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Dreams and Love in Cartagena

I always feel quite moved when I see people working in behalf of flamenco in cities outside of Andalusia, the place where this art was born (although flamenco has now become universal), and I feel particularly moved when these people are young. It’s a commitment which I cheer a compás. In Cartagena, where I was able to attend its festival “Perlas

I always feel quite moved when I see people working in behalf of flamenco in cities outside of Andalusia, the place where this art was born (although flamenco has now become universal), and I feel particularly moved when these people are young. It’s a commitment which I cheer a compás. In Cartagena, where I was able to attend its festival “Perlas a Millares” (“Thousands of Pearls”), which included bringing back the Cante Contest, it’s truly admirable how hard everyone has worked, in particular María Luisa, Dori, Rafa Ros and Ángel Ronda, with limited resources, little sleep and, above all, big dreams of giving Cartagena a flamenco festival worthy of its history as a city and as place which has given us flamenco styles and flamenco artists.

The most important thing was to bring back the contest, and they did it. It’s true that the result wasn’t quite as expected, because not a lot of public attended and, besides, the quality wasn’t as high as it’s hoped for such events. Out of the three prize-winners, two, (El Veneno and El Petro) are good cantaoreswho have already won plenty of awards all over the country, yet they cannot be considered “new talent”. Víctor Palacios, the third prize-winner, from Barcelona, can. Yet, in a contest where there’s no age limit for the contestants, the winner is whoever performs the best, according to the jury, whether they’re young or not. Flamenco contests need a tweak, a change, otherwise they serve no purpose.

Yet, besides the contest (which must be improved if they expect to keep holding it in the future with a guarantee of success), what I found very interesting were the parallel activities: lectures and courses, concerts in bars and on the streets, etc. Cartagena is a city with almost three thousand years of history and it has wonderful nooks, and the organizers managed to take flamenco to the streets, with the most traditional lyrics written down on the pavement in the main pedestrian areas, such as, for example, Canales street, where the king of cante levantino, Rojo El Alpargatero, had his inn and café. Those lyrics, moreover, could be listened to, using a smartphone’s camera, something I had never seen before.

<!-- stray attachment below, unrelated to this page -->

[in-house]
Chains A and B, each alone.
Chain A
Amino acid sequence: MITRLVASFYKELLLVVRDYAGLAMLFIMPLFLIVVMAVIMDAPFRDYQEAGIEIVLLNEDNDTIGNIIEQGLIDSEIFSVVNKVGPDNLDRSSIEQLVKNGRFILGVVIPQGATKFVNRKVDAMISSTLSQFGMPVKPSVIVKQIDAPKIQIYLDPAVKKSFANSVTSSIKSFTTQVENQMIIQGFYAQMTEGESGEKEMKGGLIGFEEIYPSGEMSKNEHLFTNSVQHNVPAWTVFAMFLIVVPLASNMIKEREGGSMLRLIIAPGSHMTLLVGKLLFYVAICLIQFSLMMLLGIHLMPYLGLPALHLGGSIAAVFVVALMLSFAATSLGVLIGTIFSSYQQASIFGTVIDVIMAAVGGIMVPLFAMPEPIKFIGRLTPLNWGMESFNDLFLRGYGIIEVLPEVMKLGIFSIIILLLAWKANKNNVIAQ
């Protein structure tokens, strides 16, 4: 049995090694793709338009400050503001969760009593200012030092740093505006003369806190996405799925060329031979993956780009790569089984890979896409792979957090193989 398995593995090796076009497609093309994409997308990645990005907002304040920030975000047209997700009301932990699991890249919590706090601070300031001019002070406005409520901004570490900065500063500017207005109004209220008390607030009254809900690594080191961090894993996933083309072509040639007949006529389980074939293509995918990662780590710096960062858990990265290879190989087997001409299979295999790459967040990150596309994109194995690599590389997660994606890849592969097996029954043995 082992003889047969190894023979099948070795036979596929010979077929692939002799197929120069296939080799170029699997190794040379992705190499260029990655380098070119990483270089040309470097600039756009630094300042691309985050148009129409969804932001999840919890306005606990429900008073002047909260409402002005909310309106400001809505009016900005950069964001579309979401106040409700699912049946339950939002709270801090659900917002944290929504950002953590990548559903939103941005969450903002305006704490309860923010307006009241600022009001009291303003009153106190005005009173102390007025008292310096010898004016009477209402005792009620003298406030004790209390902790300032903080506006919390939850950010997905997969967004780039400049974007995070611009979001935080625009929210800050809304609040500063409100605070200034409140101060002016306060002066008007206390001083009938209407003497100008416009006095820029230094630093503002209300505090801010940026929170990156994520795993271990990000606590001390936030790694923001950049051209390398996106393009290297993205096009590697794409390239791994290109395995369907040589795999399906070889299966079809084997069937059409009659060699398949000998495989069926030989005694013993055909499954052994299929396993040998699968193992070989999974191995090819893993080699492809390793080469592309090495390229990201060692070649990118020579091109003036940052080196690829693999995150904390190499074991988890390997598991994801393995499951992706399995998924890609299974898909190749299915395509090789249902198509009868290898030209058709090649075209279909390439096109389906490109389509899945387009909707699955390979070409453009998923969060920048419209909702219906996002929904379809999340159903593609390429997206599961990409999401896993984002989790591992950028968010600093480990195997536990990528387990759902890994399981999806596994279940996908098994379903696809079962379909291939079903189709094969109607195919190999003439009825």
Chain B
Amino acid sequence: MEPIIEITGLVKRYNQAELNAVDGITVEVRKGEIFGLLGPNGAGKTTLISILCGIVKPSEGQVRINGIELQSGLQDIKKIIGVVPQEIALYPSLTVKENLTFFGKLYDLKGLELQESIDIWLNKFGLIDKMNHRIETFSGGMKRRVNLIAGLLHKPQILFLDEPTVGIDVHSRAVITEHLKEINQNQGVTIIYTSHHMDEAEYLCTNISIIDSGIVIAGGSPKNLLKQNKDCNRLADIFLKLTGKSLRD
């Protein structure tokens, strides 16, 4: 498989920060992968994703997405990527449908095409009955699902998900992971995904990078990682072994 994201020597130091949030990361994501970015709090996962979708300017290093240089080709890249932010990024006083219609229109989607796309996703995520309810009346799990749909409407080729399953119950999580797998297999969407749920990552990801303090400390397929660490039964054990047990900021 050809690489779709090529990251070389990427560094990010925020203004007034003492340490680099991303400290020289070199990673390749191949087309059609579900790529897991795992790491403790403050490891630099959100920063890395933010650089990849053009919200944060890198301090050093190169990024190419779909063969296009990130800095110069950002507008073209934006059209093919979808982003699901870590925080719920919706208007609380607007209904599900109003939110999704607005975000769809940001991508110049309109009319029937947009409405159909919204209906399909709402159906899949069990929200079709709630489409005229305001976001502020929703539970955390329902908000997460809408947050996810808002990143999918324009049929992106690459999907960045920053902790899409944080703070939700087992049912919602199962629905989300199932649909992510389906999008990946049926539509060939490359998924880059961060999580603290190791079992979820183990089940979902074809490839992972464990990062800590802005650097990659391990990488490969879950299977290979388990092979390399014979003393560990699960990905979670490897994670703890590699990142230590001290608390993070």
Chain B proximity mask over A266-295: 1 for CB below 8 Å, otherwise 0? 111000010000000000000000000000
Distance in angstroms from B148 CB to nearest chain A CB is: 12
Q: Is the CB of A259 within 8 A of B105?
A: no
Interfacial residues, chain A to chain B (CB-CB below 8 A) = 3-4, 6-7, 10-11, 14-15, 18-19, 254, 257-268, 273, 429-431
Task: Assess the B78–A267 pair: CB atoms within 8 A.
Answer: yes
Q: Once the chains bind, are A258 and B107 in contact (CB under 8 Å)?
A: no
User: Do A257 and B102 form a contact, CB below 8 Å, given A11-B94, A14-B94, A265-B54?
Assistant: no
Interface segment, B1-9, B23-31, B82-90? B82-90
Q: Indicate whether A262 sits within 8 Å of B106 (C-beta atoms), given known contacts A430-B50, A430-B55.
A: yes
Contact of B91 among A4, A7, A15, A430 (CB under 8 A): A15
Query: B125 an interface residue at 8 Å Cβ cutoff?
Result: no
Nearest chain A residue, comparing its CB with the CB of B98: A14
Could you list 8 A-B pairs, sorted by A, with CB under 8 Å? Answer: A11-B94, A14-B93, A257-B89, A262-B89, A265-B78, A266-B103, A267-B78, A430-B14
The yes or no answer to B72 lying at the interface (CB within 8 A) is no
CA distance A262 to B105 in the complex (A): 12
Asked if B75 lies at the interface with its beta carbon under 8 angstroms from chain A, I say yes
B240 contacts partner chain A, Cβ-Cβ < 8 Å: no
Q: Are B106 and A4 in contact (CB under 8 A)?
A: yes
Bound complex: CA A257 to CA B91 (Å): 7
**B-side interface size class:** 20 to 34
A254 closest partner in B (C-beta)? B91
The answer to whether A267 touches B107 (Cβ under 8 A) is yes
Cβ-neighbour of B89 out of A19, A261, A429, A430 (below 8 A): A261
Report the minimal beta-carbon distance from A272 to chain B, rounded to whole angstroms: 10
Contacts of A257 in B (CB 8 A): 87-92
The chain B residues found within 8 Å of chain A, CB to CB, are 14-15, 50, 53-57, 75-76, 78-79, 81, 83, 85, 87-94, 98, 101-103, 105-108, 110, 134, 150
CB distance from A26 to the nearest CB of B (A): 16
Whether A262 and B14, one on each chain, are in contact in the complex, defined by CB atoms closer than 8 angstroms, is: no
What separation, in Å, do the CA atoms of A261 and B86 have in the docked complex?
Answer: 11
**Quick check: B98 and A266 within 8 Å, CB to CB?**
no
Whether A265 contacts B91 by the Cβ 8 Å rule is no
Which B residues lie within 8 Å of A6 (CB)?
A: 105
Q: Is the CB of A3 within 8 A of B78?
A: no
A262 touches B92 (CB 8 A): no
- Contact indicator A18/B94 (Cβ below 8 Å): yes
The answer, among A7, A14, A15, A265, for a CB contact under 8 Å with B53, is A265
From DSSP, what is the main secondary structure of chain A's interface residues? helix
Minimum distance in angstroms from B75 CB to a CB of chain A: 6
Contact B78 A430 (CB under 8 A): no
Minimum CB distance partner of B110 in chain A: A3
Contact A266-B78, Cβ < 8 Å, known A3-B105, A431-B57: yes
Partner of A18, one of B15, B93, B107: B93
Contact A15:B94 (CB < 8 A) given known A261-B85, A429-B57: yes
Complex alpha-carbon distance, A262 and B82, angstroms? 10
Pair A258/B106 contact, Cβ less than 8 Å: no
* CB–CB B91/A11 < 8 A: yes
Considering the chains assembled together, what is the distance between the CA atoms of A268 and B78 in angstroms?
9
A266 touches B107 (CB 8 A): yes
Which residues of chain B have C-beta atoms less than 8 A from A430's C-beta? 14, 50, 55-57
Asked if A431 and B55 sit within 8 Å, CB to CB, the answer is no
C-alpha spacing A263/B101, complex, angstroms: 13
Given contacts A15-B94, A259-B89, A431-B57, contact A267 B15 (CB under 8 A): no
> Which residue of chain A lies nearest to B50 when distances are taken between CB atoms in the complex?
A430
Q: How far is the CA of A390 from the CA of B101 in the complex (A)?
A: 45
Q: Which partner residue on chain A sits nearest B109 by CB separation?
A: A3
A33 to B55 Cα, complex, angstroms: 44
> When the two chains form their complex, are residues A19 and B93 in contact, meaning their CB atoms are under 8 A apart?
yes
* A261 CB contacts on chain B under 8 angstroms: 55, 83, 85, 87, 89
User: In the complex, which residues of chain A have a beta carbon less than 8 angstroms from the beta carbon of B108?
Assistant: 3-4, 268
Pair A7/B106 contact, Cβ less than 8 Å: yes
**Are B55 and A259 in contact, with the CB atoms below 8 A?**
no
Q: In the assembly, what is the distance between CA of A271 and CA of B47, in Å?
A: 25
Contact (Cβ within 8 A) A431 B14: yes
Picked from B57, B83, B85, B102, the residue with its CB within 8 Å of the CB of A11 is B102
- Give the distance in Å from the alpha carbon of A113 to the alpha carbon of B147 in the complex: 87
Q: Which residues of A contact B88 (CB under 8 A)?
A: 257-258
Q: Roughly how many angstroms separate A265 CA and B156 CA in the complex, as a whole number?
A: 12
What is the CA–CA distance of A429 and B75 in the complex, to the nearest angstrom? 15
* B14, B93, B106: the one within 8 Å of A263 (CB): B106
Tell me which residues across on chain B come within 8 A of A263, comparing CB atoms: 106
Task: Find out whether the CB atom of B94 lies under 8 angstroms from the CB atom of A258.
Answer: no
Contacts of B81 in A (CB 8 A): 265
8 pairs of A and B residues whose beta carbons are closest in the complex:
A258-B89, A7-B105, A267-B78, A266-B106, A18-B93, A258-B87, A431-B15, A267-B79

I’d like to highlight the work of the festival’s director, María Luisa Saura, as well as that of Rafa Ros, Ángel Ronda, Antonio González, Fulgencio García and Teresa Balsalobre. It was truly amazing how, despite their huge workload, they were always well disposed to look after us, their guests. They are all great flamenco aficionados. The artists go, work, cash in and go back home, yet they, who have worked for free, have given it all for this festival and have created beautiful moments. They belong to the Peña Flamenca Antonio Piñanaand, just as the festival and the contest have ended, they’re already thinking about the yearly programming of the Cartagena Jonda series.

Flamenco keeps growing all over the world, and that’s not just thanks to the artists, who are the true protagonists, but also because those who volunteer in peñas, festivals and cultural cycles. With such human team, Cartagena has a lot to say in the world of flamenco, as it did in the old days. The work of these people, some of them very young but very keen on getting things done, is truly essential.

Translated by P. Young

 

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Crítico de flamenco, periodista y escritor. 40 años de investigación flamenca en El Correo de Andalucía. Autor de biografías de la Niña de los Peines, Carbonerillo, Manuel Escacena, Tomás Pavón, Fernando el de Triana, Manuel Gerena, Canario de Álora...

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